My first “novel” (see above) was written in the sixth grade, on 2 notebooks. I still have one of them, having lost the other (come on, there are 30+ years since then… ) It was western, Karl May style, minus certain logic between actions… 😛 (I also had attempted my first fan fiction at 10, before knowing that fan fiction existed – a thing I learnt late in life, at 41: after reading the “Jungle Book” – and decades before Disney issued the second one – I wanted to continue it. An attempt stopped after 8-9 pages, by lack of inspiration, I said then. Now I’d say lack of research).

    So people knew I was writing. I was admired for it, but considered a little weird for not having the normal preoccupations of a girl my age. My friends and a few other people wanted to read my notebooks.

    Then when PC appeared, I transcribed them on PC (the ones which had literary value/ were salvageable) and heavily edited them. In the meanwhile, I had read online all the articles of creative writing I could get (it isn’t a thing in my country, unfortunately). So I knew better how to identify and correct lack of logic plot issues, and some other flaws.

    I got the chance to know a publisher and have a debut book published in June 2016, and a second one followed in March 2017. Another one is pending publication, another getting finished…


    1. It blows my mind that being left-handed was somehow considered wrong and kids would get actual physical punishments for it. If the child can write, who cares which hand they write with?!

      That’s a wonderful story! I too filled notebooks with ‘novels’ and I still have some of them today–but I wouldn’t even look at them because I’d probably cringe so hard I’d pass out! 😀 It was a such a great time though, exploring and becoming a writer, figuring out who I was and what stories I wanted to tell.

      Thank you so much for sharing your story with me, I love it! And a huge CONGRATULATIONS on your publications! May you have many more!

      Liked by 1 person

  2. I’m a lefty, and though I write with my left hand, I’m fairly ambidextrous and do a lot with my right hand, like eating and using scissors. My teacher in first grade actually sent a note home to my mother, telling her to stop “trying to change” me to a righty (my parents were NOT doing that) because I couldn’t use left-handed scissors and they didn’t believe that I used regular scissors at home. Weird.

    I’ve always loved to write in some shape or form, and I have also always loved to sing. (My parents told me years ago that I used to sing into my pillow at night, saying I had to get all the music out of me before I could fall asleep. Dork.) Now I have two jobs—I get to read and write (editing and blogging), and I sing at my day job (worship leader). I guess I got the best of both worlds, in a completely different way than I would have anticipated way back when.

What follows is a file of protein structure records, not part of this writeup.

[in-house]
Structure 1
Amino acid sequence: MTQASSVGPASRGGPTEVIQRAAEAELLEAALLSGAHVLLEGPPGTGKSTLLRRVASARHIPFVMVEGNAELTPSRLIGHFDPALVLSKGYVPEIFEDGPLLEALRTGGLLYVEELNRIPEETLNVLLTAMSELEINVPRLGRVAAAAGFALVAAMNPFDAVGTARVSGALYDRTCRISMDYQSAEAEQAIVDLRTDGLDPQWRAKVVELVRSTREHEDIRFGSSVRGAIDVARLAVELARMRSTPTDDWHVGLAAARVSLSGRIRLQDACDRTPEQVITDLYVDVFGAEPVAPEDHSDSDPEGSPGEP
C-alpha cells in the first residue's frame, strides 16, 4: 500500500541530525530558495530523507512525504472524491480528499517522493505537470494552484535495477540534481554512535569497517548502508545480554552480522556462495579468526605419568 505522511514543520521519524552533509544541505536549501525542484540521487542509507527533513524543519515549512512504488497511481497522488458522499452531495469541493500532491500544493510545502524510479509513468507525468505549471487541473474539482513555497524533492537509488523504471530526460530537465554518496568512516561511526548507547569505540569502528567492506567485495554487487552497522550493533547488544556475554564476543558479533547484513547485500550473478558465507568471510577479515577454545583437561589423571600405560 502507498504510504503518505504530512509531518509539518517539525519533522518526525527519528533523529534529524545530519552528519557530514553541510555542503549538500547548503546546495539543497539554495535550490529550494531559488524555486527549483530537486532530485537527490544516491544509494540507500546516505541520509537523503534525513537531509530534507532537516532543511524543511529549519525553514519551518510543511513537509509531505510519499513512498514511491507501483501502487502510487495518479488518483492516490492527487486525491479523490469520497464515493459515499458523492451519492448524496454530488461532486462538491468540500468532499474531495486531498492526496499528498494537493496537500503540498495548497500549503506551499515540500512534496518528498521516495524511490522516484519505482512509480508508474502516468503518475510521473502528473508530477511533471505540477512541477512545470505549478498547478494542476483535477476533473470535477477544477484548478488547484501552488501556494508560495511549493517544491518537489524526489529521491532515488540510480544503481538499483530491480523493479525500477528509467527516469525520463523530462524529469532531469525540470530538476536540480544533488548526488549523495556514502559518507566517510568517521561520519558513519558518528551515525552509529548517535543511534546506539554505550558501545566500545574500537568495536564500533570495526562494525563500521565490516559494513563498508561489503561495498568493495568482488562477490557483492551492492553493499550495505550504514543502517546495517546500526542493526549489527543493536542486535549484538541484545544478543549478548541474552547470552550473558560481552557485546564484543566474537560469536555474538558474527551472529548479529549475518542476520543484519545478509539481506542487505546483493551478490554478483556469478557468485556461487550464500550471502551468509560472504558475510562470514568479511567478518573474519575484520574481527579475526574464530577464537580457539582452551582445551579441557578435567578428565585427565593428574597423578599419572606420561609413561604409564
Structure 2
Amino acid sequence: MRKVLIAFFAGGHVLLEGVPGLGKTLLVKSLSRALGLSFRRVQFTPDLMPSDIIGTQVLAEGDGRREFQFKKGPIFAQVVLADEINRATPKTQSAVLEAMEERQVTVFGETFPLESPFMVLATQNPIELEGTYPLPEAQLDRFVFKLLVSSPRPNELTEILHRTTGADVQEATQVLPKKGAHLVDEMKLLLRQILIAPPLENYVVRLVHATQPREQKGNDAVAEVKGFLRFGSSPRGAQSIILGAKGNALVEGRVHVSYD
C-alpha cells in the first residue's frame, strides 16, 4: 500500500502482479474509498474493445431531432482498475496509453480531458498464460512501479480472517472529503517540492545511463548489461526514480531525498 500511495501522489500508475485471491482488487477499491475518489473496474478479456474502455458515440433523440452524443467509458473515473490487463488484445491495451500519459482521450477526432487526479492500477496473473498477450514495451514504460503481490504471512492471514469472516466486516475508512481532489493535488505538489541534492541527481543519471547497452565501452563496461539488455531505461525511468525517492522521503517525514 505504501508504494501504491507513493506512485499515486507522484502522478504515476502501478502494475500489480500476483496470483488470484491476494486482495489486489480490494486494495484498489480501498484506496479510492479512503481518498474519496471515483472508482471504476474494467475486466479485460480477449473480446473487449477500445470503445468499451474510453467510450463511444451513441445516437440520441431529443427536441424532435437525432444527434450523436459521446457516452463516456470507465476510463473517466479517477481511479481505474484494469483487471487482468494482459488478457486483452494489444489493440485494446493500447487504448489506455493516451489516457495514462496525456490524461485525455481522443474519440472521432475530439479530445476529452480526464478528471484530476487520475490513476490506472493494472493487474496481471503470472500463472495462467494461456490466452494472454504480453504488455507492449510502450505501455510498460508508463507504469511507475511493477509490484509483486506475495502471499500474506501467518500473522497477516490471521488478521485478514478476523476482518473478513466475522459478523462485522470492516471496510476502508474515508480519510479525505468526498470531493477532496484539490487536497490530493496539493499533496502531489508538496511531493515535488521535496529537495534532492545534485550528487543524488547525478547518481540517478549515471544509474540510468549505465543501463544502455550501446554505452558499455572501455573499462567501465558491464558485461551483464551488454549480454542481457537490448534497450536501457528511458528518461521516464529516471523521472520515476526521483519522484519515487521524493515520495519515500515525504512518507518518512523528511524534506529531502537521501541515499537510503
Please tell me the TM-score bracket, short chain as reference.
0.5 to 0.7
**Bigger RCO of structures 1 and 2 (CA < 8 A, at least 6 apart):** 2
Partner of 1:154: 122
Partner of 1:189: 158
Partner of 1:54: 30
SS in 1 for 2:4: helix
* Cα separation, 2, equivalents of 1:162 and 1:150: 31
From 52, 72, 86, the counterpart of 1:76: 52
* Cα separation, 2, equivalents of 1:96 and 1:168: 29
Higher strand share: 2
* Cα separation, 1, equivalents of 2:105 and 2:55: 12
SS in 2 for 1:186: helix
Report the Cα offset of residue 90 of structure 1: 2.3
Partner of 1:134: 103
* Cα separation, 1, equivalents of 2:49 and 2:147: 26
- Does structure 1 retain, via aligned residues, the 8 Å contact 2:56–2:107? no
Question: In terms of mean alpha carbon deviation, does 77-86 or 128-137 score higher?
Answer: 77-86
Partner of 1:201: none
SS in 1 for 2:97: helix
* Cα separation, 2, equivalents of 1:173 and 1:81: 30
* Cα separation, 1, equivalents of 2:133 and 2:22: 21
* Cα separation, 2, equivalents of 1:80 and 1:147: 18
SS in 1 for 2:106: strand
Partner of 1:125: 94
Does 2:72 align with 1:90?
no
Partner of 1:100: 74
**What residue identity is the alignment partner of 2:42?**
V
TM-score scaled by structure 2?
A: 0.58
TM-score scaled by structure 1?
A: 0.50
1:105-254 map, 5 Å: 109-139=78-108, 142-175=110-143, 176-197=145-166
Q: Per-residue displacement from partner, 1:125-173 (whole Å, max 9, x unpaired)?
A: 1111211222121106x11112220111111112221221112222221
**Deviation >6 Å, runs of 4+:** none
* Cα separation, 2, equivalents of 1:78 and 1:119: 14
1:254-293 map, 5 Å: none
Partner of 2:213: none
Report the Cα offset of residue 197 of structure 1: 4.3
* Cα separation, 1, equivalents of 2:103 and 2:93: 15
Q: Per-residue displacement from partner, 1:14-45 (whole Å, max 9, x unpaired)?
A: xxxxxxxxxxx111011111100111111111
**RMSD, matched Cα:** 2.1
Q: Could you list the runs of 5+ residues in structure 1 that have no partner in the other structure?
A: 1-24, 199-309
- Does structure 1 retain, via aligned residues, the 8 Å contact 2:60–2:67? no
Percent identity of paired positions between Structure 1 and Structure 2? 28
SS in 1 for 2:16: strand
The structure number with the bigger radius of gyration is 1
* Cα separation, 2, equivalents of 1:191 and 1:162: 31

Liked by 1 person

    1. I’m ambidextrous too! I do a lot of things with my right hand. I’m not sure if it’s because we grow up in a right-handed world or we’re just wired that way. I have a lot of left-handed people in my family too, so maybe being left-handed is genetic. No one tried to make me stop writing with my left hand but they DEFINITELY tried to change how I hold a pen/pencil and it was painful. Even though I had and have GREAT penmanship, it seems to be something that freaks people out. If I have good handwriting, why do you care HOW I get the words on the paper?! I still have people who make comments when they see me writing, but these days it’s more like they’re baffled someone can write upside down like that. 😀 I think the greatest bane of the left-hander–and I’m sure you’ll agree–is getting ink on the side of your hand!

      That’s awesome! I don’t have a ‘secondary’ talent but I wish I did. I would love to be able to draw–alas, my brain seems to only be able to handle one artistic talent. And goodness, do you NOT want to hear me sing. I CAN do graphic design, but I simply think that’s the ability to learn to use software well.

      Thanks for stopping by! I always love your comments! 😀

      Liked by 1 person

  3. Love this! I totally relate to the love of school work. I was always happiest when buried beneath piles of books for homework or when the teacher made us write a story. Everyone would groan and I would have this goofy smile.

    I tried to ignore my writing side for forty years. I wrote stuff casually but never called myself a writer. I wrote some bizarre stuff when I was pregnant and some really weird stories when someone close to me died. It wasn’t until my fortieth birthday where I woke up and decided I would become a serious writer. Then the avalanche of ideas, stories hit me. The moral of the tale is don’t ignore it 🙂

    Liked by 1 person